It concluded that the Southwest is not only on the verge of entering a dreaded “megadrought,” but that the 19-year period starting in 2000 was the second-driest period in this region since about the year 800.

Based on that study and other research that has forecast winter precipitation declines south of the 35th parallel north latitude, which cuts across central Arizona, “it’s already started,” said Udall, referring to the prospect of a long-term drought triggered by climate change.

“Storm systems get driven northward, high pressure expands. That makes it harder to get rainfall. The last two 30-year trends are consistent with that pattern,” said Udall, whose own research has linked the Colorado River’s declining flows in part to warming weather.

“Warming obviously makes the dryness even worse. We know, without any doubt, the cause of that warming.”

This drought has not yet lasted as long as the other megadroughts, so Park Williams, lead researcher on the megadrought study, has told the Star that he’s not yet ready to say the West is actually in a megadrought. Williams is a research professor for Columbia University’s Lamont Doherty Earth Observatory.

“But I do say that the first 19 (and now 21) years look very similar to how the past megadroughts developed,” Williams said in an email, referring to the two years after the 2000-2018 period that the study covered.

“Yes, 2019 was wet, as were a few other years in 2000-2018. But the megadroughts also had occasional wet years,” Williams said.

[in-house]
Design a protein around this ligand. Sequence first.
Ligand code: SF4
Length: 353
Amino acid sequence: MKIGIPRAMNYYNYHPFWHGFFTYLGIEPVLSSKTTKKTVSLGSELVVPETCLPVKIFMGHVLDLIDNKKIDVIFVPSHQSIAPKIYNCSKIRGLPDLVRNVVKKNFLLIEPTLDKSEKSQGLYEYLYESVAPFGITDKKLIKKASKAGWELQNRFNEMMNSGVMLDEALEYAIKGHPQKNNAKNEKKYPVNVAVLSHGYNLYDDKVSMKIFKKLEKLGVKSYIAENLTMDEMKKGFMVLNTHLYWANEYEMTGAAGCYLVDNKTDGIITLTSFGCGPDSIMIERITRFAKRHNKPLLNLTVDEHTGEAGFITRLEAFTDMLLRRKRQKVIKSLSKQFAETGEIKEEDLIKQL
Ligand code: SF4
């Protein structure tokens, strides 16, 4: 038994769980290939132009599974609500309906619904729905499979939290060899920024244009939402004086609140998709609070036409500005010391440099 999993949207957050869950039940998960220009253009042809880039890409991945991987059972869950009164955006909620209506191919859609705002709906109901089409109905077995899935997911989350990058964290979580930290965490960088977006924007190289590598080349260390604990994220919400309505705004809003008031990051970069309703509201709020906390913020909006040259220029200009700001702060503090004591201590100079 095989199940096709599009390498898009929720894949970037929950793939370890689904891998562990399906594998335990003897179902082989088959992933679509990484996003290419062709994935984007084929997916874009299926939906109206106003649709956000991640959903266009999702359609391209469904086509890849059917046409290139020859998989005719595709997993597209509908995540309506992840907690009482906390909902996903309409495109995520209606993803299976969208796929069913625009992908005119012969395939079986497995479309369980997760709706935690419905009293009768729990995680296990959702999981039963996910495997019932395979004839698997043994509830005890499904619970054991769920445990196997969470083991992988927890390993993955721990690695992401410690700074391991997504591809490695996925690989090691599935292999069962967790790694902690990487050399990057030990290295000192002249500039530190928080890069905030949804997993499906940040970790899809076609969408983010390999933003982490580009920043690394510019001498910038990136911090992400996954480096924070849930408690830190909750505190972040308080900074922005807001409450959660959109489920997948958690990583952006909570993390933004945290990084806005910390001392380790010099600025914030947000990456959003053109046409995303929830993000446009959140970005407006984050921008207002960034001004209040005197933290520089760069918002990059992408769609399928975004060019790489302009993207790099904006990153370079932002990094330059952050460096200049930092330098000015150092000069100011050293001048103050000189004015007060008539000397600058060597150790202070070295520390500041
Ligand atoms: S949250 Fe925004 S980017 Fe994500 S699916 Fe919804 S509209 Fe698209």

Drought is definitely a natural feature in this area, and the current extreme dry weather is a result of a natural La Niña event that began this fall, observed David Simeral, an associate research scientist for the federal Western Regional Climate Center in Reno, Nevada.

But the impacts of hotter weather on drought become clear when comparing recent trends in precipitation alone with those of precipitation combined with evapotranspiration.

The latter term measures water loss due to evaporation of water from the land surface and transpiration from plants — the evaporation of water from plant leaves.

Tucson precipitation trends since 1990 show intermittent, drought-like conditions, Simeral said. But rainfall levels combined with evapotranspiration levels show an unmistakable drying trend here since the middle 1990s, he said.

Overall, weather observers are seeing more extreme weather events ranging from extreme heat to extreme precipitation events across the West in recent decades, Simeral said.

In many areas of the West, seasonal snowpacks are trending downward, and snow levels are moving up higher in the mountains due to rising temperatures, he said.